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  16. I suppose my first "long" story ever was the first book I wrote (and the only book I've ever finished), weighing in at just over 48,000 words. It was about a bunch of fish endeavoring to save their besieged undersea kingdom from a tyrant eel. Three of them went off on a quest (which constituted the main storyline) for a trio of semi-magical artifacts. I still have the draft of it and a host of other documents related to it on my computer.

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  17. Heh. Both my first two long stories were rip-offs of my favorite stories. One involved elves and a quest (and was five thousand words long and written when I was eleven) and the other involved a winged teenager and a slayer... Yeah. Terrible, but it got me started. 😛

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  18. My first long story was a "trilogy" that clocked in at 40k words and no more, about a girl named Paradise and her sister Forget-Me-Not who disobey all the conventions of a manor servant. I had a thing for weird or difficult character stories even back then.

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  19. The first chapter book I actually finished drafting was a 10,000-word story about a boy and his horse...basically an eight-year-old's duplicate of "My Friend Flicka." Despite the obvious plagiarism and lack of plot, I'm still rather fond of it. :)

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  20. My first long story was also an assignment for an English class. It was supposed to be about five pages, a back story of Piggy from Lord of the Flies, but ended up being twenty and my teacher refused to read it until I cut it to ten.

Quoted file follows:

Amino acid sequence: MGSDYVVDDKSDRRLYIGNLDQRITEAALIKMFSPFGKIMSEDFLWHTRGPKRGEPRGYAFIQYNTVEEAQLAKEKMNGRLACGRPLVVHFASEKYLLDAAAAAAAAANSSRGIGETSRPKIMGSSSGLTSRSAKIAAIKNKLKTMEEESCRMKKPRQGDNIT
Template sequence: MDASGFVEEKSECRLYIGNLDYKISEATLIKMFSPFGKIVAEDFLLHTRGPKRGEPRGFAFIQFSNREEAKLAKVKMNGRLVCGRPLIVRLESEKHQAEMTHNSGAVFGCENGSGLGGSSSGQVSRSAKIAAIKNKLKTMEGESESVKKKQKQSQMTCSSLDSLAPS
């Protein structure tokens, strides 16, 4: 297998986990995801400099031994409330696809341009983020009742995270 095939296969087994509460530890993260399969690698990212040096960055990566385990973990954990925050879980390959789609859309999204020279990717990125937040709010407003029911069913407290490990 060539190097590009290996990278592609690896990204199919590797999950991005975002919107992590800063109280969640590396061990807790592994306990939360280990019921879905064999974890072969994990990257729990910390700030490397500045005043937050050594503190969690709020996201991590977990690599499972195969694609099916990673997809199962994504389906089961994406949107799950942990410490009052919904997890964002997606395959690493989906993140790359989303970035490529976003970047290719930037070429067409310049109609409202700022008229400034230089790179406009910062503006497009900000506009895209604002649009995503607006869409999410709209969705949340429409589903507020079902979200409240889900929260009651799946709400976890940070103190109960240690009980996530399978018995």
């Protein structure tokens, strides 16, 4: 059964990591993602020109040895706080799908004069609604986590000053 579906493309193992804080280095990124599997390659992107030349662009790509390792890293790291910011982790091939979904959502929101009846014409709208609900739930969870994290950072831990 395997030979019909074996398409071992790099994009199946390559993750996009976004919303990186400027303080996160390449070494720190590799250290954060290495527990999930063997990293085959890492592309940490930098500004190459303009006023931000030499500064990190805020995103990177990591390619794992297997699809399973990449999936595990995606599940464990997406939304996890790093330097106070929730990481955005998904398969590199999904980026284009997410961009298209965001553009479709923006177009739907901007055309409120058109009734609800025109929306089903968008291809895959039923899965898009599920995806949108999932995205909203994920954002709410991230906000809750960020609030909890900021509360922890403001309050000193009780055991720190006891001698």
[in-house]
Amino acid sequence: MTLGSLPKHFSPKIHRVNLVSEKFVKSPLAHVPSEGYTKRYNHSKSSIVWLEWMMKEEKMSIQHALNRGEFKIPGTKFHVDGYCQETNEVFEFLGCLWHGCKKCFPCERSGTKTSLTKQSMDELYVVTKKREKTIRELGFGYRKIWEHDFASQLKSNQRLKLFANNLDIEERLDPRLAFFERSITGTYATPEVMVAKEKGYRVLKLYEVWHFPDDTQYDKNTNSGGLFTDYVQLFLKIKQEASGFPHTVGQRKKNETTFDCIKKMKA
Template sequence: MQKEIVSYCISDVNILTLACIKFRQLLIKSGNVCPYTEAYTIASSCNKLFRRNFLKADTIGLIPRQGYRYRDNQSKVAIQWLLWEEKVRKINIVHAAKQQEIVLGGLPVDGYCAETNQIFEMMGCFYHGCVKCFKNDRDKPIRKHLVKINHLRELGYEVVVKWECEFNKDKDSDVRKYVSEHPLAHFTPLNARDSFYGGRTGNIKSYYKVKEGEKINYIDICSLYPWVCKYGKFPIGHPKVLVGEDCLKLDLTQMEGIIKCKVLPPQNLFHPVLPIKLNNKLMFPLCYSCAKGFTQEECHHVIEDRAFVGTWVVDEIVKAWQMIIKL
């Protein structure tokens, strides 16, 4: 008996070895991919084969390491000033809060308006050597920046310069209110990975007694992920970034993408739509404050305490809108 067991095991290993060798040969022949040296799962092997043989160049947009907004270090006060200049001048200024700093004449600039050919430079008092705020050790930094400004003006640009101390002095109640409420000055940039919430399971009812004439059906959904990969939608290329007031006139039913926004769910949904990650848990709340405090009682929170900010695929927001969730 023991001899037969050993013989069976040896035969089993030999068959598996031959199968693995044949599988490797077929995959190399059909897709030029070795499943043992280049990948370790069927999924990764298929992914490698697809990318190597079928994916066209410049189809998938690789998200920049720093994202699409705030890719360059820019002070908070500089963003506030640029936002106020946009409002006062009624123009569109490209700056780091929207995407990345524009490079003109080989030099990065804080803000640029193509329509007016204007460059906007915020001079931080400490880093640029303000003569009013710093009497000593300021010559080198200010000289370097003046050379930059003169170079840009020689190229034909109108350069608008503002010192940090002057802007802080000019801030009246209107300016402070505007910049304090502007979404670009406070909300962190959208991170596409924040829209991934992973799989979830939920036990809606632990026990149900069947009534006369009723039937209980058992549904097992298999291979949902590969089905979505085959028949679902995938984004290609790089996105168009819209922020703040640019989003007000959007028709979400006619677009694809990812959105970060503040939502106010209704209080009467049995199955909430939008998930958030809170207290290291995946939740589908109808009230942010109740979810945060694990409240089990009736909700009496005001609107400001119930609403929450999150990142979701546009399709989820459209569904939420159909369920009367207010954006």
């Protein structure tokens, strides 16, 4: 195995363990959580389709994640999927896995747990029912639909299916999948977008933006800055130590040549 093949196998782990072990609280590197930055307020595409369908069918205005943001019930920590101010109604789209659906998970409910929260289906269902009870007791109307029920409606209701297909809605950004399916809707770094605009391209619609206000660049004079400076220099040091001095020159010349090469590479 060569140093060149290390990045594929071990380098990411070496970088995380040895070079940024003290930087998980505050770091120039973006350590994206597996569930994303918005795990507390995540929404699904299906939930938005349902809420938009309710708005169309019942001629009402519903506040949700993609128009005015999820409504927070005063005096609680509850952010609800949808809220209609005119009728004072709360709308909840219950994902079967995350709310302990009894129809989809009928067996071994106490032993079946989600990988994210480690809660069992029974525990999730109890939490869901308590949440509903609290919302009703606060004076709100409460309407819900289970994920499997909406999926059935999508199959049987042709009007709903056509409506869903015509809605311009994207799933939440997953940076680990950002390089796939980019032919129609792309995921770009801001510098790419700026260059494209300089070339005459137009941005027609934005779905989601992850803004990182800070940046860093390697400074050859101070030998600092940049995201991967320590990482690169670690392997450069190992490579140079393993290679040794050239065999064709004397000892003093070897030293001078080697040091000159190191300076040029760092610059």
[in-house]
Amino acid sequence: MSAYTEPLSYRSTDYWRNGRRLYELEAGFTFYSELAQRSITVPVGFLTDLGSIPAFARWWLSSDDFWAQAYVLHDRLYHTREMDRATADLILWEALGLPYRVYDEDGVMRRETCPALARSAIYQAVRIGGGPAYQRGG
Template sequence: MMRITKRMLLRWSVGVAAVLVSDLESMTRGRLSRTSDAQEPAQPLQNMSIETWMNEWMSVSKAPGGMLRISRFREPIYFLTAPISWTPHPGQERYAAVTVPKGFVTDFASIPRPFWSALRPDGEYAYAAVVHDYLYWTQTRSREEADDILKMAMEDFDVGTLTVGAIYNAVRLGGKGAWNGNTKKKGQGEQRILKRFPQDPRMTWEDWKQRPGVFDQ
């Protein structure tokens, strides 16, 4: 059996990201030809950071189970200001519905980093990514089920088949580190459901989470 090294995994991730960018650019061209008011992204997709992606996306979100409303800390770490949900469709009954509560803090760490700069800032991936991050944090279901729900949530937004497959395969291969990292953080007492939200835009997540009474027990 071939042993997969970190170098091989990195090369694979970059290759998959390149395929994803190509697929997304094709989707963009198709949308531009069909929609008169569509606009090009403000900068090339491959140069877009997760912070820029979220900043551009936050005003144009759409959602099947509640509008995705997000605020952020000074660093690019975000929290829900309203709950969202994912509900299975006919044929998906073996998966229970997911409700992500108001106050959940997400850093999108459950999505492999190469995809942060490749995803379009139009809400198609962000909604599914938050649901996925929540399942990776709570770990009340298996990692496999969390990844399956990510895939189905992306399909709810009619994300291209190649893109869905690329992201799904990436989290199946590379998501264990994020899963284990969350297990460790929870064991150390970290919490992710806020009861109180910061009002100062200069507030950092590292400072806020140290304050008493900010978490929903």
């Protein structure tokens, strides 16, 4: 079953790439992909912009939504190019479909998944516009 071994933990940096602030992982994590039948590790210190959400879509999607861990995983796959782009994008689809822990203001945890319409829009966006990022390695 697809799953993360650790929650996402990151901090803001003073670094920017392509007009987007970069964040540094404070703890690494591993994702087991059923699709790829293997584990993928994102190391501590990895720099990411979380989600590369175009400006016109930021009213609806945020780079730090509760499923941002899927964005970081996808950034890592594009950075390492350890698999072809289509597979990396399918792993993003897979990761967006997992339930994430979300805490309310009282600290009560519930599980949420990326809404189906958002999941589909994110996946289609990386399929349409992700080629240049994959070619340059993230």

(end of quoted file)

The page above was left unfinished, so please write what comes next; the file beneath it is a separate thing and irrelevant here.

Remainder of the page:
The first long story I started though was before that assignment. It was my first novel, which took all of high school to finish, about what it would be like if Christianity were illegal in America. That was four full and two half novels ago.

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  21. The first long story I ever wrote was started back years ago when I was eleven. It was a crazy mess, way too many characters, POV changes that made no sense, a plot that went nowhere, and loads of pointless comedy. It took place in a small town and revolved around the lives of the townsfolk.

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  22. Ergh... First long work I ever did was a Narnia/Star Wars crossover when I was like ten... I'm still sort of embarrassed just thinking about it.
    However, my first more original work was about a girl going out to sea to fetch a magical stone and save her brother from an evil swashbuckling king/prince dude (Sorta just a remix of Pirates of the Caribbean). Or something along those lines; I don't remember it too well. I had a terrible habit of throwing away my writing so nobody would read it. Of course, I only wrote like three chapters (maybe less) before I yanked out the editor within... and then got the so-called "writer's block." I think I was like thirteen when I daydreamed that thing up.
    I didn't write my first (almost) full length novel I wrote when I was 16. Heh... that's a story for another time.

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    1. Narnia/Star Wars crossover? That sounds AWESOME. The music alone... It would have to have an awesome soundtrack.

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  23. The first long story I ever wrote, I wrote when I was twelve. My names were very unique and completely original--Sally Johnson and her best friend, Ann Summers. Ha.

    Anyways, the plot went that Sally and Ann entered to represent their school through a one on one basketball contest. There is a three-way tie as to who should represent their school, and Ann and Sally find out that they have to go up against the mean girl, Sue. In the end, Sally represents the school, and she wins, despite spraining her wrist after running into the wall...